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Thursday, November 13, 2008

Dealing with a Broody Hen

Stephanie asks what do I do about a broody hen.

First I rejoice! Do a little happy dance, and count my blessings. Hens going broody with a commercial stock is rare. That wonderful trait has been bred out of most large breed birds. However, your little bannies haven't been messed with. And they will more than likely be the ones to go all broody on you.

One problem with the broody hen, is their lack of self preservation. They will sit the entire month on those eggs without eating or drinking. And here is the issue. You really don't want that, it isn't good for your mother hen. However moving them to eat can cause havoc, and they might decide not to go back to the eggs. What to do?

We have areas for the broody hen to go, inside the chicken yard. While the other hens all seem to enjoy sharing the same nest inside the coop, your broody hen wants to be left alone. You can tell this by the way she hisses and spits at you when you approach. Or the way she tries to take your finger off if you reach in. What we have done is place the top half of a plastic dog house, littered with straw, outside of the coop, but still in the yard. This way she can have her privacy. Most of the broody hens will use it, however some will not.

Above is a silkie using the dog house top.

Hide and seek

This English game hen was thought to be dead, until my husband reached into the box that was on a high shelf in the barn and she attempt to eat him. This mother hen found sanctuary behind an old cooler in the sheep's shed.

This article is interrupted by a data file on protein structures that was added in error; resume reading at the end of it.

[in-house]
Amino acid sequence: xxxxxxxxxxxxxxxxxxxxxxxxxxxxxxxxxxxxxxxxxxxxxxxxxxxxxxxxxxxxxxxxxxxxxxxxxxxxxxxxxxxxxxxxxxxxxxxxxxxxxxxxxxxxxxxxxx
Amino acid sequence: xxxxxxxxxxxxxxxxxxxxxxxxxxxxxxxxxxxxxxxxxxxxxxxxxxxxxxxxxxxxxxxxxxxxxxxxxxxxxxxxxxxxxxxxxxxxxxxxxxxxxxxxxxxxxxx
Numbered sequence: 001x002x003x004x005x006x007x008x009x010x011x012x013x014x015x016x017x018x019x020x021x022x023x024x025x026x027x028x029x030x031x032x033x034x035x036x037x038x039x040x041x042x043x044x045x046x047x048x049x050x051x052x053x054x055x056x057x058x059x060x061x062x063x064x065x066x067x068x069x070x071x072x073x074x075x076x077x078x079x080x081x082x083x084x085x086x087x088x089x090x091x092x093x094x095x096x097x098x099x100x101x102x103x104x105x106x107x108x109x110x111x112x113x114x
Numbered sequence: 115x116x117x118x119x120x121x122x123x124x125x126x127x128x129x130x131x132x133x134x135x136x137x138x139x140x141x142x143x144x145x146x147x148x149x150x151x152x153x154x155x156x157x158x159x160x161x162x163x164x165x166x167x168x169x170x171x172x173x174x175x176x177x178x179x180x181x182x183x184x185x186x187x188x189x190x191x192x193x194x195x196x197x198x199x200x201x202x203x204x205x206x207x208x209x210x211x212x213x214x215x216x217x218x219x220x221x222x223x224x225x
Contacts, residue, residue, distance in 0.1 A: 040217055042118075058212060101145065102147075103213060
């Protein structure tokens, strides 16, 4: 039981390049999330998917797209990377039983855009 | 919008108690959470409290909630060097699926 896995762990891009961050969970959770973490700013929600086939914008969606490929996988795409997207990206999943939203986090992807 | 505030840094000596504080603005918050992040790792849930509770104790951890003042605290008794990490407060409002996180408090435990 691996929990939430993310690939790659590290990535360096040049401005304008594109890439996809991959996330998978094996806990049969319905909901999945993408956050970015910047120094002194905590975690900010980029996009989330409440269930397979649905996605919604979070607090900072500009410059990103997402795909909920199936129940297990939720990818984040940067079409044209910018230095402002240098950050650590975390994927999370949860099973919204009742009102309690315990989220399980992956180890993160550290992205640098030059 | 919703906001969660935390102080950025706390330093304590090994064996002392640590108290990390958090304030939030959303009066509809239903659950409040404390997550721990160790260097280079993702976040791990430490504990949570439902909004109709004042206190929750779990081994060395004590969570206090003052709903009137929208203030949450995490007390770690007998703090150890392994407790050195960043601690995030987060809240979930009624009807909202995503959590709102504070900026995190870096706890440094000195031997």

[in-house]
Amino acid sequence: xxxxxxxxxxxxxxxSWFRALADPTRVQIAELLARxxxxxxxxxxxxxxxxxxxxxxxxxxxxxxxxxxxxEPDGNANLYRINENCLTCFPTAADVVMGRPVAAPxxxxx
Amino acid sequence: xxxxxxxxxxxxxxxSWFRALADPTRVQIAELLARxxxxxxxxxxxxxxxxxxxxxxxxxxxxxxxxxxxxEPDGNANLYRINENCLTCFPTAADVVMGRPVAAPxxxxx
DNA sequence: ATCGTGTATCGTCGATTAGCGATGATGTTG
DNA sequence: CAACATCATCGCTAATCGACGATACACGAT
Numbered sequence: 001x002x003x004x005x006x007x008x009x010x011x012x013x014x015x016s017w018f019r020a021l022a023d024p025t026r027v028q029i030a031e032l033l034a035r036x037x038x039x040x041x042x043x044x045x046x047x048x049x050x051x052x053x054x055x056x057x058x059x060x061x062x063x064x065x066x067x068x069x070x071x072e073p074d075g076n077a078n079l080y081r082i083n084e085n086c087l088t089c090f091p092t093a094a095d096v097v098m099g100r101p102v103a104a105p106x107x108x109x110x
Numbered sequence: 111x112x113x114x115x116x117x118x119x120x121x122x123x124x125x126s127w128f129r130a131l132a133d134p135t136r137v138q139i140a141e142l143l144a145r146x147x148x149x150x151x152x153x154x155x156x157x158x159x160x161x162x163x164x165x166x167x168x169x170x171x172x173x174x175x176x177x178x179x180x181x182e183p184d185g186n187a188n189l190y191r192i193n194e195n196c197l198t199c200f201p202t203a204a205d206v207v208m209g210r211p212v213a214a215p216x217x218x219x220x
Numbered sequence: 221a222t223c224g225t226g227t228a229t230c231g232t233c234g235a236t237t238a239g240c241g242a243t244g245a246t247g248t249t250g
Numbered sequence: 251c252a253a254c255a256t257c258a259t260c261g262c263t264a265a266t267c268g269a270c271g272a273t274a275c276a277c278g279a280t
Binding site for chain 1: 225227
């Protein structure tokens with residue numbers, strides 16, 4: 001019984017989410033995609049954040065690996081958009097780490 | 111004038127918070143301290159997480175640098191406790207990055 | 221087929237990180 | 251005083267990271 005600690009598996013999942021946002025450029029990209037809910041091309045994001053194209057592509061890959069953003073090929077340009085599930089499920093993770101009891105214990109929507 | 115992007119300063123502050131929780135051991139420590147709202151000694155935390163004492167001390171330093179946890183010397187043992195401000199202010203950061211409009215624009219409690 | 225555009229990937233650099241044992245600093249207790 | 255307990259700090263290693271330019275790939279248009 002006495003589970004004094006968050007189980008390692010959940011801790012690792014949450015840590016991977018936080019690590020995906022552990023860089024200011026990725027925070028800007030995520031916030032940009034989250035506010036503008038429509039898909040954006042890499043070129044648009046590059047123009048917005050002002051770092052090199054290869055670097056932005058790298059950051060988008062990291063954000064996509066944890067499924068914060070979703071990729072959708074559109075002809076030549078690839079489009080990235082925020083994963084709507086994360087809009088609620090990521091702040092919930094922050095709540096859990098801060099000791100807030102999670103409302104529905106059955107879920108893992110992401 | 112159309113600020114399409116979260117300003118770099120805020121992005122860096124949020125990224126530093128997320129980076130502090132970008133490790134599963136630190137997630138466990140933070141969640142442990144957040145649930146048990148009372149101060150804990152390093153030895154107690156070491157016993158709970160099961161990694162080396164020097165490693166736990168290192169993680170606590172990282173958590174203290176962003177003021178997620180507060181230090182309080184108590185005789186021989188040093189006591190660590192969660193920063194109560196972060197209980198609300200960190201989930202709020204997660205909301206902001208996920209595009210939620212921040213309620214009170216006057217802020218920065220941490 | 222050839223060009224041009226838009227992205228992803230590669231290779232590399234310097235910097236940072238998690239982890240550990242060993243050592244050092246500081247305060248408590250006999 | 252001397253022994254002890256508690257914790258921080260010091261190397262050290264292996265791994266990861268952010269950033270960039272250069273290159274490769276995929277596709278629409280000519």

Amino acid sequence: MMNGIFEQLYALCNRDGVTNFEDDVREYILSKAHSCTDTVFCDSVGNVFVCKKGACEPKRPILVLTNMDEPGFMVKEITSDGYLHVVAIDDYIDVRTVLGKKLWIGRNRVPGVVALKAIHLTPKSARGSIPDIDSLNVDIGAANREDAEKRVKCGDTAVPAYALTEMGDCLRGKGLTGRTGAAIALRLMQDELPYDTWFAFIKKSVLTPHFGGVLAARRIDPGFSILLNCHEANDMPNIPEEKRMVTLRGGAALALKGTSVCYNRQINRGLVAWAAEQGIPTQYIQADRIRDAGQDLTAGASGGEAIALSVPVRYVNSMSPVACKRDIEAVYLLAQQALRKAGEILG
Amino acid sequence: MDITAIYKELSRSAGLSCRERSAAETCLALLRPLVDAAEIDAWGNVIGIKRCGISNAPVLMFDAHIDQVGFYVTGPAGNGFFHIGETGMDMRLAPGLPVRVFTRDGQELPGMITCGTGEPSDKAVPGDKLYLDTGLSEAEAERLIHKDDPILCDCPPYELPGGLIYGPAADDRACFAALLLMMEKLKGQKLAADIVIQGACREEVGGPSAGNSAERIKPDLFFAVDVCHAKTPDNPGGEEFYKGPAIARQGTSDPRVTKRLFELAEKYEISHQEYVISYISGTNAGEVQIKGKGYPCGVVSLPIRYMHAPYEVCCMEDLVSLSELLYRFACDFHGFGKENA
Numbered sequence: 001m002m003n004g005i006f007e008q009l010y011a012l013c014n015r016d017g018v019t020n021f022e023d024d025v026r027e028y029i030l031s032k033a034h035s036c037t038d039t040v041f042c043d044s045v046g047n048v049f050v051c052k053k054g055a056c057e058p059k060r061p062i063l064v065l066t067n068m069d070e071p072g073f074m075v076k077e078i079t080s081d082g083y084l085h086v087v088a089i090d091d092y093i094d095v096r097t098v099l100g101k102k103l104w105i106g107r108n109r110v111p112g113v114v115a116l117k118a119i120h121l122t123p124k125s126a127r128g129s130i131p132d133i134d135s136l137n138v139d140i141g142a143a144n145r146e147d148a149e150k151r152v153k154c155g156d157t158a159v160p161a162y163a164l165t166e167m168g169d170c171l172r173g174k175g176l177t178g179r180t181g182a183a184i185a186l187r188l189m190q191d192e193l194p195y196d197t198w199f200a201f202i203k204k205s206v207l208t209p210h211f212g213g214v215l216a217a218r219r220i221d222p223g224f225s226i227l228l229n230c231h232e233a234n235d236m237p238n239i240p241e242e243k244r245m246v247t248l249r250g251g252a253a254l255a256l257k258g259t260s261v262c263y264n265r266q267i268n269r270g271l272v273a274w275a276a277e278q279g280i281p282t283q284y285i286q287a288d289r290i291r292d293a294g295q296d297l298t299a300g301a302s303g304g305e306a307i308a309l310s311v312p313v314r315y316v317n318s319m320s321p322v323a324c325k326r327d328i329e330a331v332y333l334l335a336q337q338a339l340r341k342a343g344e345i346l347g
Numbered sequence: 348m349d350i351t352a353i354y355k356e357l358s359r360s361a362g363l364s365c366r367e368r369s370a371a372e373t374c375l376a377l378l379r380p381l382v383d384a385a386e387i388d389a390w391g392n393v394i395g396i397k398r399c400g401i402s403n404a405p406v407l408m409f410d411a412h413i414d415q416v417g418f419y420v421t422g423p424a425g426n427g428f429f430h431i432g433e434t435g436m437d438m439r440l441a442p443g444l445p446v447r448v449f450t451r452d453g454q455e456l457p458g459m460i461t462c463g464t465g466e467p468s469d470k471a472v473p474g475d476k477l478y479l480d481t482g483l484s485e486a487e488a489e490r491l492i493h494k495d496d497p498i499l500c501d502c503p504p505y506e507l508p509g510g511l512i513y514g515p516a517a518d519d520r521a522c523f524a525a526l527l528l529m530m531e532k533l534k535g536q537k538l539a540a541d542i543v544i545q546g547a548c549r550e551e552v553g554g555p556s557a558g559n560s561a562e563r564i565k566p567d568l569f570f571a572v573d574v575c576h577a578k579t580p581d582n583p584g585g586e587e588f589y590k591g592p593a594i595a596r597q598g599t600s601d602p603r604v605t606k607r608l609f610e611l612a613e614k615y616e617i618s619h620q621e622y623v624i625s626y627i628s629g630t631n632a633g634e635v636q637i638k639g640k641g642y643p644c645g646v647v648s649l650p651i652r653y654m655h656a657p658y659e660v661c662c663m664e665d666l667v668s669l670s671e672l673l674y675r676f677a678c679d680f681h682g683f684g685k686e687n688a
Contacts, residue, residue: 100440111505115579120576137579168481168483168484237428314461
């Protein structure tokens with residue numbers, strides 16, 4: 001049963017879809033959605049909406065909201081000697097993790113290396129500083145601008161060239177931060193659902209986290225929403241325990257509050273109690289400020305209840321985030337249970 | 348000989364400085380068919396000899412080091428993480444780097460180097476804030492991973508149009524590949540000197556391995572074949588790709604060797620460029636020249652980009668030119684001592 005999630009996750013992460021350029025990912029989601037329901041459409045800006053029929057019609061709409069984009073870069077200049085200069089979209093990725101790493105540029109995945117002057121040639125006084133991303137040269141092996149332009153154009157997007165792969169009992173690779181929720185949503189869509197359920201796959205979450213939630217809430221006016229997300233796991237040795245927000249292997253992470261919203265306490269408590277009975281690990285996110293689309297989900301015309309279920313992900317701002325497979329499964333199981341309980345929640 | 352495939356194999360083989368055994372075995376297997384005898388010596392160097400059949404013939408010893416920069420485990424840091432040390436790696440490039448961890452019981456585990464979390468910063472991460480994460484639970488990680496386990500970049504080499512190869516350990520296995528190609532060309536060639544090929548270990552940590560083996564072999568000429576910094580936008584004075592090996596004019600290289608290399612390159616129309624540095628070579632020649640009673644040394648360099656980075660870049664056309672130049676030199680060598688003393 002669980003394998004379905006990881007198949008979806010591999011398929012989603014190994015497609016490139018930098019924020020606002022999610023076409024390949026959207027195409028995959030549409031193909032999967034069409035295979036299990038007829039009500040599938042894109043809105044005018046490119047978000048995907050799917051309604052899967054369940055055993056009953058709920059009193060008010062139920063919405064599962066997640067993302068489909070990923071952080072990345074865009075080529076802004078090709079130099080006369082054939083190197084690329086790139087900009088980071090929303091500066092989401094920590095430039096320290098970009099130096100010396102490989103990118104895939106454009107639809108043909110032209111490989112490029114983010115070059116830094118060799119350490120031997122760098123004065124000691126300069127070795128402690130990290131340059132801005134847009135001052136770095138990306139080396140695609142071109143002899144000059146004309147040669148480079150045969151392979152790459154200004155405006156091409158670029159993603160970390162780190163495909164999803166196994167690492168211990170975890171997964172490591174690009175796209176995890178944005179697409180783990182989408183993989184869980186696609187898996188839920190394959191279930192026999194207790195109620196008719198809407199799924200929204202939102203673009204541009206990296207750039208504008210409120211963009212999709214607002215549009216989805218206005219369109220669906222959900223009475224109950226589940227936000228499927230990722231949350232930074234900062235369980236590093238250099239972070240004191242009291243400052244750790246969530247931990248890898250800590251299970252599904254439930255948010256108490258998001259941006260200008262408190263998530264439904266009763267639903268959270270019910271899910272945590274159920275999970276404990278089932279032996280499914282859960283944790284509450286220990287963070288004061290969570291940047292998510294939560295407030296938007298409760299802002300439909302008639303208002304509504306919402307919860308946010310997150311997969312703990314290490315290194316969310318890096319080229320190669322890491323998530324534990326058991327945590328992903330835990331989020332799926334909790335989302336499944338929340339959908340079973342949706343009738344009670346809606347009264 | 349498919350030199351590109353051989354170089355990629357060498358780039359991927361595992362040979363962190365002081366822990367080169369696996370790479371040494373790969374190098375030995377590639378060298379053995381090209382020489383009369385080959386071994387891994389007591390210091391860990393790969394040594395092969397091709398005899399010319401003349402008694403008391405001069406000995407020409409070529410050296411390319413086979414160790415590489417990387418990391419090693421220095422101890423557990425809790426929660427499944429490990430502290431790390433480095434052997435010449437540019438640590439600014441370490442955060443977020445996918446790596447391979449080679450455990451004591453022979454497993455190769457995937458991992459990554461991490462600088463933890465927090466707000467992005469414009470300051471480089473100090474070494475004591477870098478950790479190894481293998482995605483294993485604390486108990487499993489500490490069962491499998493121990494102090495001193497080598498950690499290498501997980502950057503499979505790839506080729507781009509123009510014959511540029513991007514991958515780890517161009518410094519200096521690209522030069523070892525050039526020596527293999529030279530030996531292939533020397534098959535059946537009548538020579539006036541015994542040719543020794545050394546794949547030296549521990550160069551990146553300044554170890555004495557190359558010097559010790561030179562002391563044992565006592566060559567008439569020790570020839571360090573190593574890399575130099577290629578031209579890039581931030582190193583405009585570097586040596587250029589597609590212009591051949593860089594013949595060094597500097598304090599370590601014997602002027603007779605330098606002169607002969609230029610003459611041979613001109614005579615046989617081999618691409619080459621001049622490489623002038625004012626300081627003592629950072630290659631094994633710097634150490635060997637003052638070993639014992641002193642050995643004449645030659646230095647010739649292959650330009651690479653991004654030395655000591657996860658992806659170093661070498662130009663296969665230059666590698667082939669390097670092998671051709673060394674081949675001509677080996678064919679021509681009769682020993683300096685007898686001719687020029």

Unless you plan to keep them locked up, you never know where they will decide to brood. Bring them water and a little feed everyday, and hope they will eat it. The last mother hen in these photos, was the only one that would eat or drink before the chicks were hatched.


Stephanie said...

Thanks. Your last two are like the ones we've hade that have hatched out chicks. They've been on a shelf in the shed, under a shelf in the shed all outside where the chickens are supposed to be.

The Buffs can't get outside of the fence I'll have to try giving them a more private spot.

SkippyMom said...

I love the new look! Although I have to admit I am going to miss the old header, it always brought a grin to my face.

The Thinker said...

Fascinating. It makes me wonder what they do in the wild. Like would the other birds take care of them? Would they die sitting on the eggs? Or do they have enough energy stores to do without for extended brooding times.

Very cool article!

EJ said...

Great new look!
Don't forget to make sure the eggs are fertile and developing. We threw 2 clutches (in total over 50 muskovy duck eggs) away this summer. Either the drake wasn't doing his job or he was shooting blanks. Last year he did fine so I never even though to look.

EJ said...

PS I too liked the shearing header. It was unique.

sugarcreekstuff said...

I have 3 broody hens right now. They were all on wooden eggs just to keep them happy, one snuck a real one under and it hatched today!

The Fool said...

Durn, Phelan. I thought you were going to tell us how to deal with a broody hen of the human persuasion. I've never dealt with the barnyard variety.


MarmiteToasty said...

Mabel my little silkie is sitting on two eggs, just in the little coop me chickens sleep in at night, the other 2 sleep in there with her and they all seem fine, I have put food and water near at hand for her, and I do see her once a day come up this end of the garden and gobble down whatevers in the dishes then have a quick gulp of drink and dash back.... :)


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